In training camp, Patrick Peterson had big plans for himself and Tyrann Mathieu.
The close friends were in a great spot professionally. Peterson had his diabetes under control and had dropped a lot of weight to get into the best shape of his career. Mathieu was finally healthy after tearing up his left knee late in 2013.
Mathieu, a safety, was promising a “Savage Season.” And Peterson, a cornerback, insisted the duo would propel the Cardinals’ defense to something great.
“We are the cornerstone on the defense for playmaking,” Peterson said then. “Everyone has the ability, but all eyes are on
“I cannot wait for the season to put all this criticism aside. ‘Has Pat lost a step?’ Or ‘Can Tyrann stay healthy?’ We cannot wait to be on the field and show the world that we’re the real deal.”
Peterson turned out to be accurate. If that wasn’t clear already, it was underscored Friday, when both players were named to the Associated Press All-Pro team. It is arguably the most prestigious postseason team, more difficult to achieve than a Pro Bowl spot.
The Panthers led the NFL with six all-pros. Amazingly, Raiders pass rusher Kahlil Mack was so impressive at his hybrid end/linebacker position that he garnered enough votes from the 50-person panel to earn first-team honors at both spots.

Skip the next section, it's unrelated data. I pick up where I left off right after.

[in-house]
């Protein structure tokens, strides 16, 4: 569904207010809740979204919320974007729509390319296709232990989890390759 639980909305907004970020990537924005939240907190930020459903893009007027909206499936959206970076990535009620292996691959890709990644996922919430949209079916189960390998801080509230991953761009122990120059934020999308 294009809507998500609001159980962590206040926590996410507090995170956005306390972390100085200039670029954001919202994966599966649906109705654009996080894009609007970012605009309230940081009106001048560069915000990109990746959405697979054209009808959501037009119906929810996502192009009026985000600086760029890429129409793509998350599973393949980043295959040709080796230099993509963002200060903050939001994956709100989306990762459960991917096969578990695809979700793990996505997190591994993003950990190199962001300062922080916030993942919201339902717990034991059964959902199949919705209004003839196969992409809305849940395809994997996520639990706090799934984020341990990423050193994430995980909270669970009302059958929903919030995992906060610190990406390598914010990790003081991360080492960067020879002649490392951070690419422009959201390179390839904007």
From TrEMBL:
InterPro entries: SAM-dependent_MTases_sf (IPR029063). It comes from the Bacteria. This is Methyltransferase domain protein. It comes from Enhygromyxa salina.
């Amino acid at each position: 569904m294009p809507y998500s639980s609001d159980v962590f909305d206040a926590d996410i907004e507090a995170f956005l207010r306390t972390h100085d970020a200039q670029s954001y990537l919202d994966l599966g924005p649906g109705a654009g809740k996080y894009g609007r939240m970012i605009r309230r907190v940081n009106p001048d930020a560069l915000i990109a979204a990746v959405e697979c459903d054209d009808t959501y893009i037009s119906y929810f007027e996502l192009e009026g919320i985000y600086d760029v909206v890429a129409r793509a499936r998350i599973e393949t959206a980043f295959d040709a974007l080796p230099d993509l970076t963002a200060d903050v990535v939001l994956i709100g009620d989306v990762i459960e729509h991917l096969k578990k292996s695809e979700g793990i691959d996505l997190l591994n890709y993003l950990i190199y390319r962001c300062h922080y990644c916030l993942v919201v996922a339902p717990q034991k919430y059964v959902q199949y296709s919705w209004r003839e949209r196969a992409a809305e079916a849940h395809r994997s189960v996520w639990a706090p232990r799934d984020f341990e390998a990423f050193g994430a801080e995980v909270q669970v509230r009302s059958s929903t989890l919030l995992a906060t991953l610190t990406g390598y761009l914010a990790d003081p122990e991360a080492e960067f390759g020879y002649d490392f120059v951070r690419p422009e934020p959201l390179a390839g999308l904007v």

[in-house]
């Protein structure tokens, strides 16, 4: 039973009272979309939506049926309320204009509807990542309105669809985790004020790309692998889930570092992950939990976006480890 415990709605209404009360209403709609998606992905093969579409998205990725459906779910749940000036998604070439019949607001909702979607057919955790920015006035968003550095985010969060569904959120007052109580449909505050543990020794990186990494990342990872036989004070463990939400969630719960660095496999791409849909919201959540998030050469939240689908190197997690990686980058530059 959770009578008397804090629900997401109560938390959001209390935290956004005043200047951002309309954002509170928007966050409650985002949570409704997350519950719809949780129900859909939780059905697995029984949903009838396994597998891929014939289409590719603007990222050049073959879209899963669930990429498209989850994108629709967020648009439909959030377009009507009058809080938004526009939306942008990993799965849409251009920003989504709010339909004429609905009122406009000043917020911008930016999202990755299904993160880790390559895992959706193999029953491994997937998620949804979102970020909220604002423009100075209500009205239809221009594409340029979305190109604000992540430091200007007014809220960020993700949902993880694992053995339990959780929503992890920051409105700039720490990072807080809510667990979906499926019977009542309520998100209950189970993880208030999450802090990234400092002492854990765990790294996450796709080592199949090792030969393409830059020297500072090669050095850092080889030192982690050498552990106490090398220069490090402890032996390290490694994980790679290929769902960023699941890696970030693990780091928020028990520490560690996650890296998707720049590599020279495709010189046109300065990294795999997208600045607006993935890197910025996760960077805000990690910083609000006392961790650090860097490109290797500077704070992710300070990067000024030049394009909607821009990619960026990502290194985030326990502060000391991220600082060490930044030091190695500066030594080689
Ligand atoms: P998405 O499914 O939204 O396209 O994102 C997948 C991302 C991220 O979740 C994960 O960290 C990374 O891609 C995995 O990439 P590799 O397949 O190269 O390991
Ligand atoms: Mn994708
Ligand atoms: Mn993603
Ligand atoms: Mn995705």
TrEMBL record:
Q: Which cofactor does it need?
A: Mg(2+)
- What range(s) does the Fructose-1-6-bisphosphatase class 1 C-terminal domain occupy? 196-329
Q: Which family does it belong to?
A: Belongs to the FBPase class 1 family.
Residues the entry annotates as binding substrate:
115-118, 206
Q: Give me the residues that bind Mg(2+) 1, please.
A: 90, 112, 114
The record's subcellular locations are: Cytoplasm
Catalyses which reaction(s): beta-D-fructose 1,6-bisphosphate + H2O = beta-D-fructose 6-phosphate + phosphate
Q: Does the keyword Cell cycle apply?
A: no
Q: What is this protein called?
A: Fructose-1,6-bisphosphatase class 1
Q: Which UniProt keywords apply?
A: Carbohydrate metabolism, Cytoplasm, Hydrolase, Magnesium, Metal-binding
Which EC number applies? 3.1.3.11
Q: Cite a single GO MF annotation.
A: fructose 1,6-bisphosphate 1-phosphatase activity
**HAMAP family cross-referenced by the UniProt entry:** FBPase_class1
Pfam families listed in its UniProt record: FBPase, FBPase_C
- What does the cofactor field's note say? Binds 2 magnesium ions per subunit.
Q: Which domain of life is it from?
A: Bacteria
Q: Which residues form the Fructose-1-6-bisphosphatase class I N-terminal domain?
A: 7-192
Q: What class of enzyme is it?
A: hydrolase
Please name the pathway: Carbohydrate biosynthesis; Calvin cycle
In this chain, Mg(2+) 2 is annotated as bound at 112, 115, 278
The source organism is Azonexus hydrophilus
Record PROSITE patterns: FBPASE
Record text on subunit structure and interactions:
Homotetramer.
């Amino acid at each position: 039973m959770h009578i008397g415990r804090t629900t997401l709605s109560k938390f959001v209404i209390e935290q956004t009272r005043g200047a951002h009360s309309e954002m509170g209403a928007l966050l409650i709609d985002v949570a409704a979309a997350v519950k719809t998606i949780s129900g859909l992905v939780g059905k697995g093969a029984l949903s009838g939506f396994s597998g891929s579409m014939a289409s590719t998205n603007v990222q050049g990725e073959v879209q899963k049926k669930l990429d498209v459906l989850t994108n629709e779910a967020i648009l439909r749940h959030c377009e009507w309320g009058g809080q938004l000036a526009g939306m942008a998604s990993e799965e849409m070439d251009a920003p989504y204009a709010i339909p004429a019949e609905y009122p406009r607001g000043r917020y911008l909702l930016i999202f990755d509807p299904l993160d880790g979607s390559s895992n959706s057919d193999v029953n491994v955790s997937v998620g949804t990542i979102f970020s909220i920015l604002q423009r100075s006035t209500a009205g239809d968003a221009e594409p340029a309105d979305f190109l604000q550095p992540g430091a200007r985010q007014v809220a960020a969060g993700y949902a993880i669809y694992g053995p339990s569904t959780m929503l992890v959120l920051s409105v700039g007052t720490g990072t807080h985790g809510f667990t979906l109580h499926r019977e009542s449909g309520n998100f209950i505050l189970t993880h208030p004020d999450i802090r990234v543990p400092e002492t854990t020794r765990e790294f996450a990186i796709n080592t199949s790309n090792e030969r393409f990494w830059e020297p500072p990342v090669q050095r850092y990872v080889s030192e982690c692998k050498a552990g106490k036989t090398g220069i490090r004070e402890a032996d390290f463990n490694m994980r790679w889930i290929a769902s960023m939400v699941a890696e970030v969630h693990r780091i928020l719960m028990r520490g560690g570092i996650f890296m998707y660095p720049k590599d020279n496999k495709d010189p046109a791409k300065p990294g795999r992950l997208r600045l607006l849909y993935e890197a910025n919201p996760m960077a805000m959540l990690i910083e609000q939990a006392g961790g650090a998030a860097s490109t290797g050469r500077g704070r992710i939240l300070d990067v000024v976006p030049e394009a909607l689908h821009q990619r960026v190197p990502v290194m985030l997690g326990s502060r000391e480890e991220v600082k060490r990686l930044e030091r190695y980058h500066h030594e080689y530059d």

The Cardinals were one of five teams with two players each, joining the Patriots, Steelers, Rams and Bengals.
All told, 15 players from the NFC and 12 from the AFC made it. Peterson got 26 votes. Mathieu had 31 and was the leading vote-getting at safety, although he also got two votes at cornerback.
Mathieu earned his spot despite missing the final two games with a season-ending torn ACL. Mathieu had surgery to repair his right knee earlier this week. The Honey Badger still was third on the team with 89 tackles – 80 solo – with a sack, five interceptions (tying safety Rashad Johnson with the team lead) and a team-best 16 pass deflections.
Peterson’s numbers in themselves weren’t spectacular – 35 tackles, two interceptions – but that was because teams rarely threw at him all season. Pro Football Focus had Peterson allowing the second lowest catch rate against him (47.7 percent) in the league and he allowed the fewest catches and fewest yards out of any full-time cornerback in the NFL.
In short, he and Mathieu had exactly the kind of season Peterson had promised back in August.